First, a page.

"It's way out of control," Cindy Bass, who represents the 8th District, told WPVI-TV. "Stop the bleeding. Get cops on the ground now, get more money and resources than what we're spending now."
After at least four people were killed and another 10 were wounded across the City of Brotherly Love over the weekend, Philadelphia District Attorney Larry Krasner is expected to address Philadelphia’s grim new milestone at a press conference at 11 a.m. Monday.
Mayor Jim Kenney, who has been in office since January 2016, said Sunday he plans to announce additional grassroots organizations this week to benefit from the $155.7 million in funding reserved to reduce and prevent violence.
Just 29% of homicides and 15% of nonfatal shootings result in arrests, Krasner said in a statement Sunday, arguing to "absolutely restructure institutions so that violence prevention is a true priority."
"I am heartbroken and outraged that we’ve lost more than 400 Philadelphians to preventable violence this year," Kenney also wrote Sunday. "My heart goes out to all families suffering from enormous grief. Our administration continues to act with urgency to reduce violence and save lives."
Philadelphia Police "is making arrests and taking a record number of illegal firearms off our streets, but they need the public’s help," the mayor said, urging anyone with information about a crime to report it to 215-686-TIPS, "so we can prevent the senseless shootings that are tearing our communities apart."
"I know most Philadelphians are rightfully outraged and frustrated by our city's rise in violence," Kenney continued. "Please know, our administration takes this crisis very seriously. We are committed to working with all of our criminal justice & community partners to create a safer city for us all."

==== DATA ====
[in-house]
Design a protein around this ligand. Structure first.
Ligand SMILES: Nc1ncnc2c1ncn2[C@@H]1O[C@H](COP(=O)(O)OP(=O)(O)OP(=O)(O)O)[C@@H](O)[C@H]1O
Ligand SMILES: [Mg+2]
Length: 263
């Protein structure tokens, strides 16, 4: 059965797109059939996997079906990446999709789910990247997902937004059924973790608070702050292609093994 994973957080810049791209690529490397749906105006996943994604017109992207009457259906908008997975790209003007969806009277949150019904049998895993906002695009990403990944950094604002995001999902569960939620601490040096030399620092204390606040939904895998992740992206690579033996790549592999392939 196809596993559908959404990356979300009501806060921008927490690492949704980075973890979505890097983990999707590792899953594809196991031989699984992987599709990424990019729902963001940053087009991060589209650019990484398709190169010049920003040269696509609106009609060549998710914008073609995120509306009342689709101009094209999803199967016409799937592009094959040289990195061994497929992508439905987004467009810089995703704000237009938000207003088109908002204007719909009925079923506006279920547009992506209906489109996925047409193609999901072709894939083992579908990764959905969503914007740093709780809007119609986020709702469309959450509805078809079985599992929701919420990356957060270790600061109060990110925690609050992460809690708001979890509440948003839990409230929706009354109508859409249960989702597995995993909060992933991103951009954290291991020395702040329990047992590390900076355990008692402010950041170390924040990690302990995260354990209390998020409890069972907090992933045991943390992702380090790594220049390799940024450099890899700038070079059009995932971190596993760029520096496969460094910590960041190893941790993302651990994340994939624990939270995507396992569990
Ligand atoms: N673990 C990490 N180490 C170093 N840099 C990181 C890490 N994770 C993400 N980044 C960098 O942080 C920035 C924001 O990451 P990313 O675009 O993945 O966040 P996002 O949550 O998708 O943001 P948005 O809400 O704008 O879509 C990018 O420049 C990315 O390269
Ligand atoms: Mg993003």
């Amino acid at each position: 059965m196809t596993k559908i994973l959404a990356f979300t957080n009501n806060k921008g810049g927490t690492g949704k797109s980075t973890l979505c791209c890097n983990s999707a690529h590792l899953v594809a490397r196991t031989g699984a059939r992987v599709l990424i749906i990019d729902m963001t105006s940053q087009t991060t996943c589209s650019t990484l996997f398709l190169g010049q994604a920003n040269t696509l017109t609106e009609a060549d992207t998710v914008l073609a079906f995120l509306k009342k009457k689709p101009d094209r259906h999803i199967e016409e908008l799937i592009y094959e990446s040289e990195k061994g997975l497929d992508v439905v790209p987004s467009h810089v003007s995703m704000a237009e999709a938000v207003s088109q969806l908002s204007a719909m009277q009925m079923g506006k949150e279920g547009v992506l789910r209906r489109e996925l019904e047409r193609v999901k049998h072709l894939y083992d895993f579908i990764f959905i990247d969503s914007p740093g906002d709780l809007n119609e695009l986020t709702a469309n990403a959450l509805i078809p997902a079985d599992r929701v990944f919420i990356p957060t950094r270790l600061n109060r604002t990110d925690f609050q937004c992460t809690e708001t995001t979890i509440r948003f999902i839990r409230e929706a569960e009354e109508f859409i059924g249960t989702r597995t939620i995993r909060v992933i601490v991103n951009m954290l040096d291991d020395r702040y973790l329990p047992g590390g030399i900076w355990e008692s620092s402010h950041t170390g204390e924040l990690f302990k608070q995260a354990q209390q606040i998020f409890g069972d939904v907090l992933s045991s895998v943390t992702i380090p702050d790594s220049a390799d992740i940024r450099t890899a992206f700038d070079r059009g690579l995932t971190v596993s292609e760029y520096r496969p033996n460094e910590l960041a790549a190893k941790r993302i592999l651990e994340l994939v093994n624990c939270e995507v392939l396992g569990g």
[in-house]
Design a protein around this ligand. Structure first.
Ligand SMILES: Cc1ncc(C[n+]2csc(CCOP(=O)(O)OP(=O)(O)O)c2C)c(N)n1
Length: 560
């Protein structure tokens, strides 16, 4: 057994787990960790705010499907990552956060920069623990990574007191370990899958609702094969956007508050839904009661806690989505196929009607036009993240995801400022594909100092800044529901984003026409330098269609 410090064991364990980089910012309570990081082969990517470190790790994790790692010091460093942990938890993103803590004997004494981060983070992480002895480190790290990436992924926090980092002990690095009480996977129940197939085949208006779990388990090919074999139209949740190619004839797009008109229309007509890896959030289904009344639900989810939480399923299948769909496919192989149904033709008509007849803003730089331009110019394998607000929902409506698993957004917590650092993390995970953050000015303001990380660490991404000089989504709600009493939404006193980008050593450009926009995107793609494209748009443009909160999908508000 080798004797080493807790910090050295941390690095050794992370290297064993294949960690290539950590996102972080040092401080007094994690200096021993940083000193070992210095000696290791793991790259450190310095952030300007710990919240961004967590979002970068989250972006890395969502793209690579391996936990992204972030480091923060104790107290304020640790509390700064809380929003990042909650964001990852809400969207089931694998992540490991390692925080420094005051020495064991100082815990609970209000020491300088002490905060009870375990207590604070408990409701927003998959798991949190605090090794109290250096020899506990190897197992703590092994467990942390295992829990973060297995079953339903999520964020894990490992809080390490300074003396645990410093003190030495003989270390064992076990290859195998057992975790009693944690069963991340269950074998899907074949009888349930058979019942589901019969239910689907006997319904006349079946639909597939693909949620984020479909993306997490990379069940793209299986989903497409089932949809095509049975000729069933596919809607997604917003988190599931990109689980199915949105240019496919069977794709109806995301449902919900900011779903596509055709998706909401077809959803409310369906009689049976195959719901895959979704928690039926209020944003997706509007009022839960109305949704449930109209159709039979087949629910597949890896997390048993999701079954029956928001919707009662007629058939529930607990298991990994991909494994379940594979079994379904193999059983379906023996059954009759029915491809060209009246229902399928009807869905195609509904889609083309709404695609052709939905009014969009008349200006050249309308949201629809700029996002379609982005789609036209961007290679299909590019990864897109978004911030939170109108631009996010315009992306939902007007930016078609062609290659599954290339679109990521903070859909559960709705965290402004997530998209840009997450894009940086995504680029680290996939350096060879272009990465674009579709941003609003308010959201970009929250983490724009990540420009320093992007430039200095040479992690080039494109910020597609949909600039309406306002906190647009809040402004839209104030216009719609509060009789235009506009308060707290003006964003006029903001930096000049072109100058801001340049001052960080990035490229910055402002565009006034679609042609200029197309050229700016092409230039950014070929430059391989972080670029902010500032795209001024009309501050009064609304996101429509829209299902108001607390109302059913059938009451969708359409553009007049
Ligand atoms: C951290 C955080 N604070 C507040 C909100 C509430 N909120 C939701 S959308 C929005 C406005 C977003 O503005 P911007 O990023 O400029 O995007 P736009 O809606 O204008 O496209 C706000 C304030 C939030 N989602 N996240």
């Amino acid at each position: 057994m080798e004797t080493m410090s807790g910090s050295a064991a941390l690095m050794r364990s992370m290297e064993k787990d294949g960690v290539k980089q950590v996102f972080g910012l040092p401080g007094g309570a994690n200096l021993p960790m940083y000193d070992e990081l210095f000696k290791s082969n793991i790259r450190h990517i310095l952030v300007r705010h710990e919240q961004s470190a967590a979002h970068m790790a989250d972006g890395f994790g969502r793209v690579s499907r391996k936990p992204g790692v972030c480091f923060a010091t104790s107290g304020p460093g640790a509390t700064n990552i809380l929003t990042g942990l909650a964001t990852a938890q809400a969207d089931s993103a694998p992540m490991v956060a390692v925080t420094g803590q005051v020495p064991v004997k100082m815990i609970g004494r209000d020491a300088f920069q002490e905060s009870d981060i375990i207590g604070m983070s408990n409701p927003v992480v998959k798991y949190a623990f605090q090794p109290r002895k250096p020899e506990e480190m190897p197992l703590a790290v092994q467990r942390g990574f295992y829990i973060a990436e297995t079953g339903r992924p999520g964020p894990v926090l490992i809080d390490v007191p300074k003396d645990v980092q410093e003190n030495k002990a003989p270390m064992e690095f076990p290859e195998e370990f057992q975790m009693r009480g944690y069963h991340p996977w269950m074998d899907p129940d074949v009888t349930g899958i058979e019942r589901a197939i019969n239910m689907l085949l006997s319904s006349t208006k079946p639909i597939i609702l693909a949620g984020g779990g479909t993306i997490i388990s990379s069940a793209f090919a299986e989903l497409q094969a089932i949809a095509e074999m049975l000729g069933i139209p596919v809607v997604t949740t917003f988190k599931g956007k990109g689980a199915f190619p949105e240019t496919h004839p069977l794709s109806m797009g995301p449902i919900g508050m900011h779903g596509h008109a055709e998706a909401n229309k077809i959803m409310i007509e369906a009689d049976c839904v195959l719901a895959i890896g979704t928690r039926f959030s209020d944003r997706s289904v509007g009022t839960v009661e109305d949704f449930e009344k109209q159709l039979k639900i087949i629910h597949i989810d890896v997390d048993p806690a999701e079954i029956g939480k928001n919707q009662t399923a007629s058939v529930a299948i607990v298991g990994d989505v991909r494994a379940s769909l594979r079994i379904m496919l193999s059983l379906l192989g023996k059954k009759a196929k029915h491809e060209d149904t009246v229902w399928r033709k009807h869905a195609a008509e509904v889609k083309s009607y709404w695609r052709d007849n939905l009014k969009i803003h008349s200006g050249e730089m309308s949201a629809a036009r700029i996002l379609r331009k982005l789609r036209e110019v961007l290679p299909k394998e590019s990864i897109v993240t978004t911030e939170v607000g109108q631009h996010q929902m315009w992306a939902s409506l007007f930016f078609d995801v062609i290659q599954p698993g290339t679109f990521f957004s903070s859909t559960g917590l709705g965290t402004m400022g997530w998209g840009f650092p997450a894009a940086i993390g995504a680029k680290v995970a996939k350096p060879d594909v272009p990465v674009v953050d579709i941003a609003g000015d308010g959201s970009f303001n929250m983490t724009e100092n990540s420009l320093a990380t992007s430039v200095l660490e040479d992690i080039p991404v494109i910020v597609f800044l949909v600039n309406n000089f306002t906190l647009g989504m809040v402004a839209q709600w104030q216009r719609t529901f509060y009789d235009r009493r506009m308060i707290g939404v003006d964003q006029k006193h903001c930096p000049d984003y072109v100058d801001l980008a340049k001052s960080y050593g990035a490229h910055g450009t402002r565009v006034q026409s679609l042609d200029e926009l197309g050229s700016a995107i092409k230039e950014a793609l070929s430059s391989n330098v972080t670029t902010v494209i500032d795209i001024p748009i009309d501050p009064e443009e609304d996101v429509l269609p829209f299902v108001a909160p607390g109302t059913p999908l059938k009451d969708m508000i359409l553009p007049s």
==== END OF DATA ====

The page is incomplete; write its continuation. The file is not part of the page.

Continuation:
In her own statement, Philadelphia Police Commissioner Danielle Outlaw said she was "devastated by the rising homicide rate in our city this year, which has sadly surpassed 400 murders. These are hundreds of people that have had their lives taken from them; families that have been left traumatized, and entire communities that have been torn apart."
"Our department continues to make a record number of crime gun confiscations, and a record number of arrests of the individuals in possession of them," the commissioner continued. "However, this is not nearly enough. We will continue to work with our law enforcement and community partners to bring to justice those who seek to cause harm to our beautiful city and its people."
Krasner said restructuring institutions means "taking advantage of forensic technologies to solve shootings that are not captured on camera or for which there are no available eyewitnesses" and "shoring up training and staffing for homicide and non-fatal shooting investigations." He also stressed the arrests following shootings would show "greater accountability to the public, so that there is more trust among community members and potential witnesses in the police and criminal justice system."
"We should all be outraged that senseless, preventable violence continues to claim and break lives here in Philadelphia and in communities across the country that are also experiencing alarming increases in gun violence," he said in his statement obtained by Fox 29. "We have seen cycles of increased homicides before, and we have more research and data than ever on which to formulate solutions."
Joining hundreds who gathered at Vernon Park Saturday to address the rising violence, Patricia Griffin, whose son, Darien, was shot and killed in Philadelphia in 2003, spoke about ending the "no snitch" mindset that encourages residents not to report violent offenders to the police.
"We need to start believing that people's lives matter, nobody has the right to take a life," she told WPVI-TV.